Alongside the more well-known substances available on illicit drugs markets, a number of other substances with hallucinogenic, anaesthetic, dissociative or depressant properties are used in Europe: these include LSD, hallucinogenic mushrooms, ketamine, GHB and nitrous oxide. On this page, you can find the latest analysis of the situation regarding these substances in Europe, including seizures, prevalence and patterns of use, treatment entry, harms and more.
Injecting drug use
Despite a continued decline in injecting drug use over the past decade in Europe, this behaviour is still responsible for a disproportionate level of health harms. On this page, you can find the latest analysis of injecting drug use in Europe, including key data on prevalence at national level and among clients entering specialised treatment, as well as insights from studies on syringe residue analysis and more.
Drug-related infectious diseases
People who inject drugs are at risk of contracting infections through the sharing of drug use paraphernalia. On this page, you can find the latest analysis of drug-related infectious diseases in Europe, including key data on infections with HIV and hepatitis B and C viruses.
Drug-induced deaths are those that are directly attributable to the use of drugs. On this page, you can find the latest analysis of drug-induced deaths in Europe, including key data on overdose deaths, substances implicated and more.
Opioid agonist treatment
Opioid users represent the largest group undergoing specialised drug treatment, mainly in the form of opioid agonist treatment. On this page, you can find the latest analysis of the provision of opioid agonist treatment in Europe, including key data on coverage, the number of people in treatment, pathways to treatment and more.
Harm reduction encompasses interventions, programmes and policies that seek to reduce the health, social and economic harms of drug use to individuals, communities and societies. On this page, you can find the latest analysis of harm reduction interventions in Europe, including key data on opioid agonist treatment, naloxone programmes, drug consumption rooms and more.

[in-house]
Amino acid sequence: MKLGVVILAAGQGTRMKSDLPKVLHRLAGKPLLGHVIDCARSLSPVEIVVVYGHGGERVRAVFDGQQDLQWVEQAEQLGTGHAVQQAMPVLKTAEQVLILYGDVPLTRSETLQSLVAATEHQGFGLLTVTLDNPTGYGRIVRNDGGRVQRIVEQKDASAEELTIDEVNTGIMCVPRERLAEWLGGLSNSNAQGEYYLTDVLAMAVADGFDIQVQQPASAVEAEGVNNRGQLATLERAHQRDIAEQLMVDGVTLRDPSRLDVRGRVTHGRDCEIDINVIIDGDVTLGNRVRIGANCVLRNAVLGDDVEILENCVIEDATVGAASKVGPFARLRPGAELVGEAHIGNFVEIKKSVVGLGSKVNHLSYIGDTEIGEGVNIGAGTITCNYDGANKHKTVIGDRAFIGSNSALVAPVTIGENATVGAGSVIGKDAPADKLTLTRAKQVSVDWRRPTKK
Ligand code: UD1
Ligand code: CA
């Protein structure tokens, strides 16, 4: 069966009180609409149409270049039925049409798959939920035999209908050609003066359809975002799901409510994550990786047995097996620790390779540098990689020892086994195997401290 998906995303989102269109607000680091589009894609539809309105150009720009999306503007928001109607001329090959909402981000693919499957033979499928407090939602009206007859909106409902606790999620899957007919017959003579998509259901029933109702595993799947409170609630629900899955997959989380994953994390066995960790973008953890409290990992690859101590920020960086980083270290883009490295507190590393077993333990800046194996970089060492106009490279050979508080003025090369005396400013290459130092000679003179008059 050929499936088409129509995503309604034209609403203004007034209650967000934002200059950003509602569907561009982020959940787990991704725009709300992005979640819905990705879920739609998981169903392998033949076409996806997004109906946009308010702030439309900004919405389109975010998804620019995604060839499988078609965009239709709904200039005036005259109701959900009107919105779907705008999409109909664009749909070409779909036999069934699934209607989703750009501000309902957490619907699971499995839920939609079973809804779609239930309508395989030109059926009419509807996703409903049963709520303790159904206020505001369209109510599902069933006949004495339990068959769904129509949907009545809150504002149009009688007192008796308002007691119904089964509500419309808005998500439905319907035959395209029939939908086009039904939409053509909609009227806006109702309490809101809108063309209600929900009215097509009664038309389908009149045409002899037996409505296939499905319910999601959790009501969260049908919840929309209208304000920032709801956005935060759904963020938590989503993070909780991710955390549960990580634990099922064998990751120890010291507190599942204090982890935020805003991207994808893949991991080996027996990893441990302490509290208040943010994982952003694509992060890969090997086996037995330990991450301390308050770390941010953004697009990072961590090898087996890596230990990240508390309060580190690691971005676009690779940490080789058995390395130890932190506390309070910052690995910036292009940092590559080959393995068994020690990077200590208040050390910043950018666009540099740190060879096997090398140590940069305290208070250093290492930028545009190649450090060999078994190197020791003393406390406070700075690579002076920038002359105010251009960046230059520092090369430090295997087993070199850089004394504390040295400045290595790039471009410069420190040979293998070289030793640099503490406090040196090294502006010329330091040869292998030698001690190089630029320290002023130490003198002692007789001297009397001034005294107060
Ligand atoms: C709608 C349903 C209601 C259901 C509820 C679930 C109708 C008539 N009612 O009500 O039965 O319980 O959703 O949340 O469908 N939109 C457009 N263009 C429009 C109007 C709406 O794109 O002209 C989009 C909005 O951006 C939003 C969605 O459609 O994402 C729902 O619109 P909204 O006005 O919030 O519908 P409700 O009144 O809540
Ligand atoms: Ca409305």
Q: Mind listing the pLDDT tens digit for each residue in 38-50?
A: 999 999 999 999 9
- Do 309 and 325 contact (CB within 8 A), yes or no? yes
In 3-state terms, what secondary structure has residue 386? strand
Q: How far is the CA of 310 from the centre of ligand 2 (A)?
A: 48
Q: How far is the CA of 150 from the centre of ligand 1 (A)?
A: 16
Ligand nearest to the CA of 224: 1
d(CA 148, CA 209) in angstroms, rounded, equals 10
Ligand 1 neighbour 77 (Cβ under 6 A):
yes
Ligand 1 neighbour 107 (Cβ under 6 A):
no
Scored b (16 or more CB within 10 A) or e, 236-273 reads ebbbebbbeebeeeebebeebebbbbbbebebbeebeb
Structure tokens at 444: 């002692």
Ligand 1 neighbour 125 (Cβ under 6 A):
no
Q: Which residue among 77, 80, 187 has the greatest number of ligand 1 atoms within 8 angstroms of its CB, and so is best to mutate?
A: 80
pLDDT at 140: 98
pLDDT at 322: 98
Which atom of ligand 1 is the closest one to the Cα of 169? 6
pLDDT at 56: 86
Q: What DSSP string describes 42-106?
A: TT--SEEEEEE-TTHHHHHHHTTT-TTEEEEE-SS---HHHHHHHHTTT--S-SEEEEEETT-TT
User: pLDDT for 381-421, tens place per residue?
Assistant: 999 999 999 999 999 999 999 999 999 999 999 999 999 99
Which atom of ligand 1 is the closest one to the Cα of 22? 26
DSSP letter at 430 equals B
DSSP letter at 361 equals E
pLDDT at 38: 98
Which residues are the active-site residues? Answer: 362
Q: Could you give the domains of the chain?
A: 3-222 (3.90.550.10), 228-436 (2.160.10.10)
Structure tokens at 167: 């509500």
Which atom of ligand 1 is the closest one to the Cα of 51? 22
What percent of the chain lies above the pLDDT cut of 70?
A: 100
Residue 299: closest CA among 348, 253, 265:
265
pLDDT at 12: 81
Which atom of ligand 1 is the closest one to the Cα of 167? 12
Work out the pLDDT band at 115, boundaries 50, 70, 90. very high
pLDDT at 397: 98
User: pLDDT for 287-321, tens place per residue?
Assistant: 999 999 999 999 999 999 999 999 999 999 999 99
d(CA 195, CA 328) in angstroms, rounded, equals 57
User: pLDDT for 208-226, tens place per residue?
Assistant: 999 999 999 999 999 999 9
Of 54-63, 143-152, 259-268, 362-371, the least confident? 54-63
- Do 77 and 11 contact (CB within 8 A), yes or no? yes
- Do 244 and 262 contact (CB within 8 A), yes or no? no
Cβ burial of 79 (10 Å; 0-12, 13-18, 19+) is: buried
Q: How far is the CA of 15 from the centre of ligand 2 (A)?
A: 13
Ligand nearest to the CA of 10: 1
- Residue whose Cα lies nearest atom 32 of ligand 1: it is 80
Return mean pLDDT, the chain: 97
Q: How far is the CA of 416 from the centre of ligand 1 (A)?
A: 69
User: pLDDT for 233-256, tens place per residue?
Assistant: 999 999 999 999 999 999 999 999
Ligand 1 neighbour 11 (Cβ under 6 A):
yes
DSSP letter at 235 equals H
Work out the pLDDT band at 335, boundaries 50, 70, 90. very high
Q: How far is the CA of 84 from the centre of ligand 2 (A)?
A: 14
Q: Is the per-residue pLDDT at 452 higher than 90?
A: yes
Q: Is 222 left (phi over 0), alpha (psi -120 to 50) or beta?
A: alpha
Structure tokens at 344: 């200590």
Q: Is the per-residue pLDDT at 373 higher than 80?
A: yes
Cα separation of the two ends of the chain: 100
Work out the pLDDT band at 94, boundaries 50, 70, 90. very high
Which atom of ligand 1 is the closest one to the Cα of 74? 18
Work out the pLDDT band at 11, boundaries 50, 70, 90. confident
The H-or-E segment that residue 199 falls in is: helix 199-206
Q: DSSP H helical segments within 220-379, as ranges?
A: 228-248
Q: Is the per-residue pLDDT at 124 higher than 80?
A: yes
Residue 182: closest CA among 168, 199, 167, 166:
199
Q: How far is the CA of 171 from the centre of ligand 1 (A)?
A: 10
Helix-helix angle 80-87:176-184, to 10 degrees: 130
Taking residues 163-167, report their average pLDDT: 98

This report is a summary of a comprehensive one published on:
The purpose of the current report is to provide an overview and summary of the European drug situation up to the end of 2022. All grouping, aggregates and labels therefore reflect the situation based on the available data in 2022 in respect to the composition of the European Union and the countries participating in EMCDDA reporting exercises. However, not all data will cover the full period. Due to the time needed to compile and submit data, many of the annual national data sets included here are from the reference year January to December 2021.
Analysis of trends is based only on those countries providing sufficient data to describe changes over the period specified. The reader should also be aware that monitoring patterns and trends in a hidden and stigmatised behaviour like drug use is both practically and methodologically challenging. For this reason, multiple sources of data are used for the purposes of analysis in this report.
Although considerable improvements can be noted, both nationally and in respect to what is possible to achieve in a European level analysis, the methodological difficulties in this area must be acknowledged. Caution is therefore required in interpretation, in particular when countries are compared on any single measure.
Caveats relating to the data are to be found in the online Statistical Bulletin, which contains detailed information on methodology, qualifications on analysis and comments on the limitations in the information set available. Information is also available there on the methods and data used for European level estimates, where interpolation may be used.